There are opportunities to be a little savvy and save money in the places travellers choose to visit.
12. For instance, the Tokyo SkyTree is a popular tourist attraction that allows travellers to get up high and enjoy stunning panoramic views of the Tokyo skyline – it is a fantastic experience. However, there is an admission fee. As an alternative, travellers can choose to visit the nearby Shinjuku metropolitan building. This has an observation deck with similarly breathtaking views of the metropolis. It is also free to enter.
13. Another great option to keep things cheap in Japan is to visit national parks, of which the majority across the country are free to enter. There are a few notable exceptions, including Fuji-Hakone-Izu National Park, where we find Mount Fuji. The park itself is free to enter, but climbing Mount Fuji isn’t.
Nevertheless, the numerous fantastic national parks offering enticing trails and hikes for visitors should present plenty of opportunities for the budget-conscious traveller. It is a growing trend to rent an RV to explore the Japanese hinterlands and save on hotel prices – an excellent way to get to grips with the country’s interior.
14. Another way to visit smart is to look for museums that offer free entry, or at least museums that provide great value for money to spend an afternoon in. For instance, Fujifilm Square in Tokyo houses a free exhibition showcasing vintage cameras and some fantastic photography. Depending on interest, there are free museums covering disaster prevention, Louis Vuitton, parasites, Japanese aerospace, gas, and other random disparate topics. You can find a list of free museums here, some more mainstream than others!
15. Parks and public spaces also offer visitors great opportunities to see beautiful surroundings, examples of Japanese architecture and various monuments and shrines.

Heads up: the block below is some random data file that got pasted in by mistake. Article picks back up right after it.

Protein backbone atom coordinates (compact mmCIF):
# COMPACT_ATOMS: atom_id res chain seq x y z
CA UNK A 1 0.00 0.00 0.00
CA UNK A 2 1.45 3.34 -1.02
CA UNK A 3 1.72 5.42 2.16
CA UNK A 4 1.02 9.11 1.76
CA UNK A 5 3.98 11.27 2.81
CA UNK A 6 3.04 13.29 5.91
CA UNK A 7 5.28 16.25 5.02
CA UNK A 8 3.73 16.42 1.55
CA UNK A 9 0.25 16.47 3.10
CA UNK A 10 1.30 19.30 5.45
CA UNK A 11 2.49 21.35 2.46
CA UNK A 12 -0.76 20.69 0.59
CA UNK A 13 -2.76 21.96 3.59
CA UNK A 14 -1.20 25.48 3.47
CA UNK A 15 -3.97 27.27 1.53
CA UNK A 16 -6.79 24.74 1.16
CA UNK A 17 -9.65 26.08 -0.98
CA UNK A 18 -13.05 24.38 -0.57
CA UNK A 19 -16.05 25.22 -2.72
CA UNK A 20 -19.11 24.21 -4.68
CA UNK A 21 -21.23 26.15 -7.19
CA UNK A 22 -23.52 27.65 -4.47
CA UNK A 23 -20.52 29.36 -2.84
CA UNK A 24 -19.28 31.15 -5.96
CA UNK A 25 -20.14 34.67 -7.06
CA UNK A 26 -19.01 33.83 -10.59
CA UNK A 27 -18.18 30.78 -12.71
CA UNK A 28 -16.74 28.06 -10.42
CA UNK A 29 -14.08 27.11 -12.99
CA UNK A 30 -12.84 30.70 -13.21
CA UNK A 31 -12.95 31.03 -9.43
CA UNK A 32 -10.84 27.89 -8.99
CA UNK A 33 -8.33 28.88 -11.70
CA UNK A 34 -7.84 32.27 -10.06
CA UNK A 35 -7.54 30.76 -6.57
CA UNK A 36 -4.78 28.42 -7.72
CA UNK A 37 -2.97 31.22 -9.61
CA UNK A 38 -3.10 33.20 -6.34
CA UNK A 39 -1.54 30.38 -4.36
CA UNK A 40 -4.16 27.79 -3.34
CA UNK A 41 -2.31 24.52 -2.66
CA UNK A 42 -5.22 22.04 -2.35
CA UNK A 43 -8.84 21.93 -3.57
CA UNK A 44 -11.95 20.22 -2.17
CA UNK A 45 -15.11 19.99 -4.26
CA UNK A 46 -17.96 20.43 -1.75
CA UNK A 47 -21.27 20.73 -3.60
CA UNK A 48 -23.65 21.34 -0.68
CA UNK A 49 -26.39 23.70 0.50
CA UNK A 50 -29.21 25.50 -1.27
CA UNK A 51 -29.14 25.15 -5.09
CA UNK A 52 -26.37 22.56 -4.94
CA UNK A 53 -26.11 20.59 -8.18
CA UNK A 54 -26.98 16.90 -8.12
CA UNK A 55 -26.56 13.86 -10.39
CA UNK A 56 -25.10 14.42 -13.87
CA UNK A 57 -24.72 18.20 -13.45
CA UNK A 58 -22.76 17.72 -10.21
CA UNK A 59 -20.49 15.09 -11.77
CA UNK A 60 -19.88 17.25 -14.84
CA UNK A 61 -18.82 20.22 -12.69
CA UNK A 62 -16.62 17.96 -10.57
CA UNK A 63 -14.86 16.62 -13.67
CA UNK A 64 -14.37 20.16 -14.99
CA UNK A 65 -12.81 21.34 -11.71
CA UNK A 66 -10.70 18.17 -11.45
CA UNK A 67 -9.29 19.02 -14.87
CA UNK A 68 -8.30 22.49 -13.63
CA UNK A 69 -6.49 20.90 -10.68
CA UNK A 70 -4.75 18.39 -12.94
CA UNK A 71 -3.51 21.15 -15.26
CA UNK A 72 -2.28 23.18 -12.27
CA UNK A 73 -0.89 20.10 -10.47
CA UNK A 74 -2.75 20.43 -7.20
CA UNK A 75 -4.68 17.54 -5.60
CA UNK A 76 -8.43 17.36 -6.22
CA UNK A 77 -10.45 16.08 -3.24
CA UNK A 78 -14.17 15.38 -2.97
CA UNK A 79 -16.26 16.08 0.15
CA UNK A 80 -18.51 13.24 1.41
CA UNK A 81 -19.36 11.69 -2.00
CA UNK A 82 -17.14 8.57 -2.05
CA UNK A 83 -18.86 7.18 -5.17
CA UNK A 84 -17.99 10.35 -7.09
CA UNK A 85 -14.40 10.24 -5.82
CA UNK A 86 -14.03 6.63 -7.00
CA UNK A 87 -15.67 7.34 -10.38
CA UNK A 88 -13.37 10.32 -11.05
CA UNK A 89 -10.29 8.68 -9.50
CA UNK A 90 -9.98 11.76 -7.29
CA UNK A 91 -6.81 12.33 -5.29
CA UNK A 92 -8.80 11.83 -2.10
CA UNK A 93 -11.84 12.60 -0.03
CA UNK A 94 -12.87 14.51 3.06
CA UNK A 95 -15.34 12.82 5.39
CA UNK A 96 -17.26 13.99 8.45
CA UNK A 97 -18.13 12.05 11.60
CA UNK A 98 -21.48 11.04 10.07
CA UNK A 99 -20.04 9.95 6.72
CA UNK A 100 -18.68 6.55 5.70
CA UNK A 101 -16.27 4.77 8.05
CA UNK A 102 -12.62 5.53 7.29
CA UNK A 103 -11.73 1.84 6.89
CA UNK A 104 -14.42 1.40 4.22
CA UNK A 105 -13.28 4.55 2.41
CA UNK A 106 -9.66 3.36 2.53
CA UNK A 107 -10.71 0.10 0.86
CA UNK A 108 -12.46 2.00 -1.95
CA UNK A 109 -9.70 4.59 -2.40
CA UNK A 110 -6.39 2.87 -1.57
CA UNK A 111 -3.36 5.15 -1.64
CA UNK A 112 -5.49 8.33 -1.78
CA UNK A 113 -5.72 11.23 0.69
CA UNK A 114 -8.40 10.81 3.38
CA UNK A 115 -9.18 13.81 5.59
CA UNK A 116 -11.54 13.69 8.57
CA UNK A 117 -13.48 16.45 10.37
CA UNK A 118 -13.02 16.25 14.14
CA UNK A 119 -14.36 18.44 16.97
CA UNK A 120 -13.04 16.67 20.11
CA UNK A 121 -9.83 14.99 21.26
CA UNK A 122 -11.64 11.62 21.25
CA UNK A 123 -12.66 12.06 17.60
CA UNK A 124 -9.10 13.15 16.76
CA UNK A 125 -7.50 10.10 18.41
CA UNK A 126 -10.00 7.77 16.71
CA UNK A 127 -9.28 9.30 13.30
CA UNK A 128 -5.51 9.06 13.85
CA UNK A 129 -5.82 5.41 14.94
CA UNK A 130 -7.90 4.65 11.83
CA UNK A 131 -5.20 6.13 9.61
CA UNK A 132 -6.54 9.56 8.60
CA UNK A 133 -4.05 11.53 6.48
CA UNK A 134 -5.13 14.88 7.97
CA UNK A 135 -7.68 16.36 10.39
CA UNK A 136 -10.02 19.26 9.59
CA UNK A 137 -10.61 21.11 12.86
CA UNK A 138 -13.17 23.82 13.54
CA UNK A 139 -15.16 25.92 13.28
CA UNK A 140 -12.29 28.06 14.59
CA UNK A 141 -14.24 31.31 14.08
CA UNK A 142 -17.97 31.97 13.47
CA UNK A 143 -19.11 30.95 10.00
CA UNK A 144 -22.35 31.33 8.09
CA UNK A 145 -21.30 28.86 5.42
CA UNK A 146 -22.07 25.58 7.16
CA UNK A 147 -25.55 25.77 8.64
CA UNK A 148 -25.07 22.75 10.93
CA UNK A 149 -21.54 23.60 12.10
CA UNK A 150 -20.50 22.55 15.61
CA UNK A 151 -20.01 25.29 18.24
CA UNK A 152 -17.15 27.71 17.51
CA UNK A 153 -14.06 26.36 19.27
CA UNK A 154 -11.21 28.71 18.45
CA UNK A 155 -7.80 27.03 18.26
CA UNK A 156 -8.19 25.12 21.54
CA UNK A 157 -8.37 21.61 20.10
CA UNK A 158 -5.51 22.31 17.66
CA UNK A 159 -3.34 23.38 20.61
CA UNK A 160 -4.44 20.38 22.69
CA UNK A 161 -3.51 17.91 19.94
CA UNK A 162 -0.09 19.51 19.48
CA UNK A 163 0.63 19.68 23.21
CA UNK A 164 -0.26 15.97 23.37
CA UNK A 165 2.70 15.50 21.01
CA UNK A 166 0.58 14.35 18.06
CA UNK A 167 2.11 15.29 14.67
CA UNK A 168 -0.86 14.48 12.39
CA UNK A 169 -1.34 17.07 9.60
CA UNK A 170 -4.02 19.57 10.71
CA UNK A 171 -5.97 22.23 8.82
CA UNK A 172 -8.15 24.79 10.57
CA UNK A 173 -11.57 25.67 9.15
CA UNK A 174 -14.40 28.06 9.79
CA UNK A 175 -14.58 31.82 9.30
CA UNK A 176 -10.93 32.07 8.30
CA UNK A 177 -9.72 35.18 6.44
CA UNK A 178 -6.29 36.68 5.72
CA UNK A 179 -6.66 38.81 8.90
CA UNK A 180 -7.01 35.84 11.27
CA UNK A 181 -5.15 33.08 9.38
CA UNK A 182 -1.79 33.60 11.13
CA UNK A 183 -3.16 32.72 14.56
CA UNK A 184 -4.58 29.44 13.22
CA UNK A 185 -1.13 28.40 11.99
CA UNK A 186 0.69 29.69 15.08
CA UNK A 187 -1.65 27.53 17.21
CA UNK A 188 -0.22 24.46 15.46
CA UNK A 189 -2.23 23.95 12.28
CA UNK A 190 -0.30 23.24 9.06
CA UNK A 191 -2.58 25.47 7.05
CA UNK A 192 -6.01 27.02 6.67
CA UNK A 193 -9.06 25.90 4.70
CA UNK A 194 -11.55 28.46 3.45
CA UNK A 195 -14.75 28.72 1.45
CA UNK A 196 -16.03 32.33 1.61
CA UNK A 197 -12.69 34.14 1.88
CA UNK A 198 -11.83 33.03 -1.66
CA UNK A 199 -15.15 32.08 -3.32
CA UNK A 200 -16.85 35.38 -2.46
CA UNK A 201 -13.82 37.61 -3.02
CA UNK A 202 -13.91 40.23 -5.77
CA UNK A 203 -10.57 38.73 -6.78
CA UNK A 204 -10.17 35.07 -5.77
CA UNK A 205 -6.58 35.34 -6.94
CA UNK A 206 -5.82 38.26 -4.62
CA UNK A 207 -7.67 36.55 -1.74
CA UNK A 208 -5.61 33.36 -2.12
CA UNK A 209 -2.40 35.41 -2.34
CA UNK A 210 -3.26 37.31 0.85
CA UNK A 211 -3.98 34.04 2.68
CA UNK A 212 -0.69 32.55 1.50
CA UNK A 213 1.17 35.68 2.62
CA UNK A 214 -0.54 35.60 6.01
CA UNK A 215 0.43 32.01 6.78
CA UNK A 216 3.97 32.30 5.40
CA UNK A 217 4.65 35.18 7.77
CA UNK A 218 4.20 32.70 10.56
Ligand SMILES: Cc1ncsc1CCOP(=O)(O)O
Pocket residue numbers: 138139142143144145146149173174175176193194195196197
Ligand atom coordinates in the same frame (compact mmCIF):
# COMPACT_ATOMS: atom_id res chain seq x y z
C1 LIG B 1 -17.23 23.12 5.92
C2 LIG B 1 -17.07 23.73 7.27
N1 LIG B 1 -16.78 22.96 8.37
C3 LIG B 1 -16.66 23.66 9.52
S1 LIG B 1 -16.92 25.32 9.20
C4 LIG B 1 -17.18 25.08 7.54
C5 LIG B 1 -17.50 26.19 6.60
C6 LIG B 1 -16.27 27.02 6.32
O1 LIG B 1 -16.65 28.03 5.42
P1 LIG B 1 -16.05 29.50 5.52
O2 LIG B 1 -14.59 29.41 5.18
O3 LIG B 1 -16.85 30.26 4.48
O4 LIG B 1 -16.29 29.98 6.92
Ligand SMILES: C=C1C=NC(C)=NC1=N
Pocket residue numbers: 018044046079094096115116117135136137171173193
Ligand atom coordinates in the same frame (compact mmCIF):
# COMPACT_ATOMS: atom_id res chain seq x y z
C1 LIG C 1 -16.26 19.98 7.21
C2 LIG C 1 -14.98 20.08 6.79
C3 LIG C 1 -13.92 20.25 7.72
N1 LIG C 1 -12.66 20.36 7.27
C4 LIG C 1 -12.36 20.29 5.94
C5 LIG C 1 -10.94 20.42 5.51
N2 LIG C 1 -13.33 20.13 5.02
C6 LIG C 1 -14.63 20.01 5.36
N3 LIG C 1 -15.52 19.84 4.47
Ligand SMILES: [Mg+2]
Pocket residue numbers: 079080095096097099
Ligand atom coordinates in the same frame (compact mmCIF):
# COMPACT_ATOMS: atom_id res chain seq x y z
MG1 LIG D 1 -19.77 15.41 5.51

Explore Yoyogi Park in Tokyo on the weekend, particularly on Sundays, and check out the event square for musicians, dancers, and performers in the summer. Events include cultural festivals, live music, farmers markets and flea markets.
Some parks charge, but a small fee is worth it for sure. Again, in Tokyo, the Koishikawa Korakuen Garden is a classic example of one of Tokyo’s oldest gardens. It’s beautiful and available to explore for only 300 JPY.
16. Finally, there are many ornate and mystical temples across Japan. Many temple grounds are exquisitely designed and offer peaceful, tranquil havens from the hustle and bustle of the city. Some of these temples are free to explore, though visitors will find that the more famous, touristy ones with significant monuments do tend to charge.
Saving Money in Japan
While money can be a volatile issue with touring groups – again, value for money can often be a subjective issue – we ultimately believe that money should never be a preventative factor when considering a visit to Japan.
The fact is that Japan is more expensive to visit than Cambodia or Vietnam, but there are deals to be had and money to be saved with the choices that travellers make.
Should your customers be wary of budgeting, our teams can give advice to help travellers be that little bit thrifty, whether it’s a suggestion on booking times or a restaurant recommendation from a local guide. We’re all ears and here to help in any way we can.